Read it all.

Filed under: * Anglican - Episcopal* Christian Life / Church LifeChurch History* Economics, PoliticsPolitics in General* International News & CommentaryEngland / UK* TheologyAnthropologyEthics / Moral Theology

September 27, 2016 at 6:59 am - 0 comments - [link] [Printer Friendly] [Print w/ comments]

(Christian Today) Jack Liang—is the Anglican Church in Australia engaged in Managed Decline?
Posted by Kendall Harmon

According to statistics and a recent pew sheet of my church; the Anglican Church has been in decline in the West for over 100 years. Numbers of Anglicans in Australia have also been in steady decline since 2001.

Being part of a traditional parish in the Diocese of Sydney, the challenge of growth and decline is more than just cyclical, it is generational. While the majority of the diocese has moved its worship form away from traditional setting, parishes like St Paul's Burwood has the challenge of protecting and using the liturgy regularly while still focusing on outreach.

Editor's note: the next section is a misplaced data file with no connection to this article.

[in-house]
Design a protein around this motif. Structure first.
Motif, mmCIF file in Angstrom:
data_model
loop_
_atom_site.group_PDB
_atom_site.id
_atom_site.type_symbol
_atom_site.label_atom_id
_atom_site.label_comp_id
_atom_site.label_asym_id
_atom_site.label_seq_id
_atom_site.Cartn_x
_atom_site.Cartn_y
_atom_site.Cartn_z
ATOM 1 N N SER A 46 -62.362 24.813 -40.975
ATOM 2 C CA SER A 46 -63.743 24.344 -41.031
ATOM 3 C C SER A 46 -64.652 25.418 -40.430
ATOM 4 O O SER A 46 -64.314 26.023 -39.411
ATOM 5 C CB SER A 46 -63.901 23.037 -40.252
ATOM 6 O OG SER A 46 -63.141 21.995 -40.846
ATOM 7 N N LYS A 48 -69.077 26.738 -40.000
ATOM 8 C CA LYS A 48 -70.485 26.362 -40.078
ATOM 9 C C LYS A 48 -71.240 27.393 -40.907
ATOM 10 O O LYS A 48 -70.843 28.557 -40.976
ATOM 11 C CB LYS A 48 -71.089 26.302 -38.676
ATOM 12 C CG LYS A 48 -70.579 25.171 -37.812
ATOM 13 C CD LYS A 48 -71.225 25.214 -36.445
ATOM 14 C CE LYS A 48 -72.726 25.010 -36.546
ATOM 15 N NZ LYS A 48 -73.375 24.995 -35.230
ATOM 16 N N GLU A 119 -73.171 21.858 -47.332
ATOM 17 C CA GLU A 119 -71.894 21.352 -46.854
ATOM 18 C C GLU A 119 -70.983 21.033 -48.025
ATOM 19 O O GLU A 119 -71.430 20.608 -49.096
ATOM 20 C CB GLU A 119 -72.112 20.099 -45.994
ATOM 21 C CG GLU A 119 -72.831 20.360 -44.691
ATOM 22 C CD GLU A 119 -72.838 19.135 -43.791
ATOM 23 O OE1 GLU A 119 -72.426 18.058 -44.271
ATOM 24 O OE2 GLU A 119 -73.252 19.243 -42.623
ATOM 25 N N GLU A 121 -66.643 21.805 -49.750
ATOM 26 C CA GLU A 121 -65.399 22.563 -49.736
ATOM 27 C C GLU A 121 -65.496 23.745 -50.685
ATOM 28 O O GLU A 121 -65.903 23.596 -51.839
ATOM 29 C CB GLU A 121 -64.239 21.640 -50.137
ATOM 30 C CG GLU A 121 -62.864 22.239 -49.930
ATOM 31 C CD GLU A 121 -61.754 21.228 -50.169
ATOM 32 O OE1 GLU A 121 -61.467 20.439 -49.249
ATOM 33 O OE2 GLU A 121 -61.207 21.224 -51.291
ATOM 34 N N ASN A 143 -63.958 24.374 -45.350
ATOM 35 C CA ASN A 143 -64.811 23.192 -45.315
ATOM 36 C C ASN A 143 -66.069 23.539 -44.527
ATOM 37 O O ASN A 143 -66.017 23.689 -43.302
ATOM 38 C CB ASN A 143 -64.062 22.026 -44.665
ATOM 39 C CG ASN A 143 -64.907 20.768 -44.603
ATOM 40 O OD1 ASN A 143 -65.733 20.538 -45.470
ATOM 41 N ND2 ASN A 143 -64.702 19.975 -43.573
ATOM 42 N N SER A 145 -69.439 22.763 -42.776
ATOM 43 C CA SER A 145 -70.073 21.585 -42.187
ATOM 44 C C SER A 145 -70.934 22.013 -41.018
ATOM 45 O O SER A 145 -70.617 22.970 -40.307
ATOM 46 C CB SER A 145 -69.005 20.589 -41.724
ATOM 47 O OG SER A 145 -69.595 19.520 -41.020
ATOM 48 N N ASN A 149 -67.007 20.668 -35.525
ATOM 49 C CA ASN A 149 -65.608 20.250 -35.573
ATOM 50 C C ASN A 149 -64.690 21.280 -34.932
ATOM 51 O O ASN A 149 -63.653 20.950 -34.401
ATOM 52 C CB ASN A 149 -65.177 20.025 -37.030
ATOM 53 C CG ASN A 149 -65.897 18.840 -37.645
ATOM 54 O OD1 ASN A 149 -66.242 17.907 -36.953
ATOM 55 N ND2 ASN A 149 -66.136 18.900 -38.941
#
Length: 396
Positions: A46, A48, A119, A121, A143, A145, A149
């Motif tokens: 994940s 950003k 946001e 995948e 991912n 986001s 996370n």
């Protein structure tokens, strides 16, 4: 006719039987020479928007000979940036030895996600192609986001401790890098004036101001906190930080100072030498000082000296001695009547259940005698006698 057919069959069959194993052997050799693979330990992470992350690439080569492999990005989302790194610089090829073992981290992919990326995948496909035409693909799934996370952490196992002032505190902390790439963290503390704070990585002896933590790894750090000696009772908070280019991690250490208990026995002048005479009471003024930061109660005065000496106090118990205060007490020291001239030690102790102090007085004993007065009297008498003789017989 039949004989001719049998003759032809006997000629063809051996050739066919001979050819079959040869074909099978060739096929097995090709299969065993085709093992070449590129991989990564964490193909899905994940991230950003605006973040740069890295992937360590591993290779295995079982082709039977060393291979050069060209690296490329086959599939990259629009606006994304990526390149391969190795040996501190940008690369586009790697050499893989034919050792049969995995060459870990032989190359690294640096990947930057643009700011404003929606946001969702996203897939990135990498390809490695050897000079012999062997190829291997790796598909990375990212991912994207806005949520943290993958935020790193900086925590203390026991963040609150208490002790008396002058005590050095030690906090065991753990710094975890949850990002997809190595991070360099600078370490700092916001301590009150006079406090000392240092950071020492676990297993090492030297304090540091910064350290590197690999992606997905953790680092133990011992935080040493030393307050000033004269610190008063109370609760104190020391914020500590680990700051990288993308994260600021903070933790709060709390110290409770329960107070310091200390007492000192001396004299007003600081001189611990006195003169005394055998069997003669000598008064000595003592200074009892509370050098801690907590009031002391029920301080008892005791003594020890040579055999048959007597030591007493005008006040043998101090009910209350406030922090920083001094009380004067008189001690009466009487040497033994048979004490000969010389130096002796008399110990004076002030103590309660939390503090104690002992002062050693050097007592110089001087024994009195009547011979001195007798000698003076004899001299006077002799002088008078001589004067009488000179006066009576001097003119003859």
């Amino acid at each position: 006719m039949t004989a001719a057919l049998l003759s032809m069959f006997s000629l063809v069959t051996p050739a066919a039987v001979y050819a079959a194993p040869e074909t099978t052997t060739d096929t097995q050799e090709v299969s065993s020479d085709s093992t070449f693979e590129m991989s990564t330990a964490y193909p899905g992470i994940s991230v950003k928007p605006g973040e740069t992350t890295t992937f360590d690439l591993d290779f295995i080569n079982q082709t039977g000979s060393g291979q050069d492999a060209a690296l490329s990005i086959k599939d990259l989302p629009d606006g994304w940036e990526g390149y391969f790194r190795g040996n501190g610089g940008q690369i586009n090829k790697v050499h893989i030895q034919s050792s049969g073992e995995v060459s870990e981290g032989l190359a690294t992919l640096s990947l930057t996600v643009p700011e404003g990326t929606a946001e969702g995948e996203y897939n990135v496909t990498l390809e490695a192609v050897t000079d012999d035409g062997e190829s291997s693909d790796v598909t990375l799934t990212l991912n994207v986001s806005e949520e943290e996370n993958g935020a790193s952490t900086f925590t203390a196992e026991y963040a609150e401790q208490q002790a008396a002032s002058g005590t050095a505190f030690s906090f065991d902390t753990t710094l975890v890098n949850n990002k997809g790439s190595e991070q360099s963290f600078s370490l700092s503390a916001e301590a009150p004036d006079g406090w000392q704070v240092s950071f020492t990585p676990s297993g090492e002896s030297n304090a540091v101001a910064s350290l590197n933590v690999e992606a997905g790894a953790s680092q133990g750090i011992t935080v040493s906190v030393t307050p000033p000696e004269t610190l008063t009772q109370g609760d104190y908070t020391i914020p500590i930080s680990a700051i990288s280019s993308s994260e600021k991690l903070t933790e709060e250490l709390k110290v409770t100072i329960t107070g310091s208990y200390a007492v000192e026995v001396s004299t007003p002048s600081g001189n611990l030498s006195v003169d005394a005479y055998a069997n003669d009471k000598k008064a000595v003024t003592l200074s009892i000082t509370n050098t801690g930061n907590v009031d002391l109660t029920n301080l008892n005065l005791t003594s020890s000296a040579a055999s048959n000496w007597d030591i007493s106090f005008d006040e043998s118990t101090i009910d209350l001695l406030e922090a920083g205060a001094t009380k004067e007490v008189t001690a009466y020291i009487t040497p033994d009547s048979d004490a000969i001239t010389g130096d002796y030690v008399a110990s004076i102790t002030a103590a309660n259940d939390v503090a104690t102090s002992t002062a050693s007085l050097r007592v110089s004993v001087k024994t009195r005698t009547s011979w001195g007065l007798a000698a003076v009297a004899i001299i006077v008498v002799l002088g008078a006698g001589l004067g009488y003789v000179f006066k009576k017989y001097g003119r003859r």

Read it all.

Filed under: * Anglican - EpiscopalAnglican ProvincesAnglican Church of Australia* Christian Life / Church LifeParish MinistryEvangelism and Church Growth* Culture-WatchReligion & Culture* International News & CommentaryAustralia / NZ

September 27, 2016 at 6:45 am - 0 comments - [link] [Printer Friendly] [Print w/ comments]

The Report referenced by the Archbishop of Canterbury in his address—Inside the Jihadi Mind
Posted by Kendall Harmon

After the 9/11 attacks, Osama Bin Laden's al-Qaeda had approximately 300 militants. ISIS alone now has, at a low estimate, 31,000 fighters across Syria and Iraq. Understanding how ideology has driven this phenomenon is essential to containing and defeating violent extremism.

But violent ideologies do not operate in a vacuum. A fire requires oxygen to grow. A broader political culture overlaps significantly with some of the assumptions of the jihadi ideology, without necessarily being extreme or agreeing with its violence.

The jihadi ideology preys upon those who are sympathetic to some of its aims. Unless we understand how the ideology relates to wider beliefs, we cannot uproot it.

Read it all (and note the link to download the full report).

Filed under: * Anglican - EpiscopalArchbishop of Canterbury --Justin Welby* Culture-WatchBooksReligion & CultureViolence* Economics, PoliticsTerrorism* Religion News & CommentaryOther FaithsIslam* TheologyAnthropologyEschatologyEthics / Moral Theology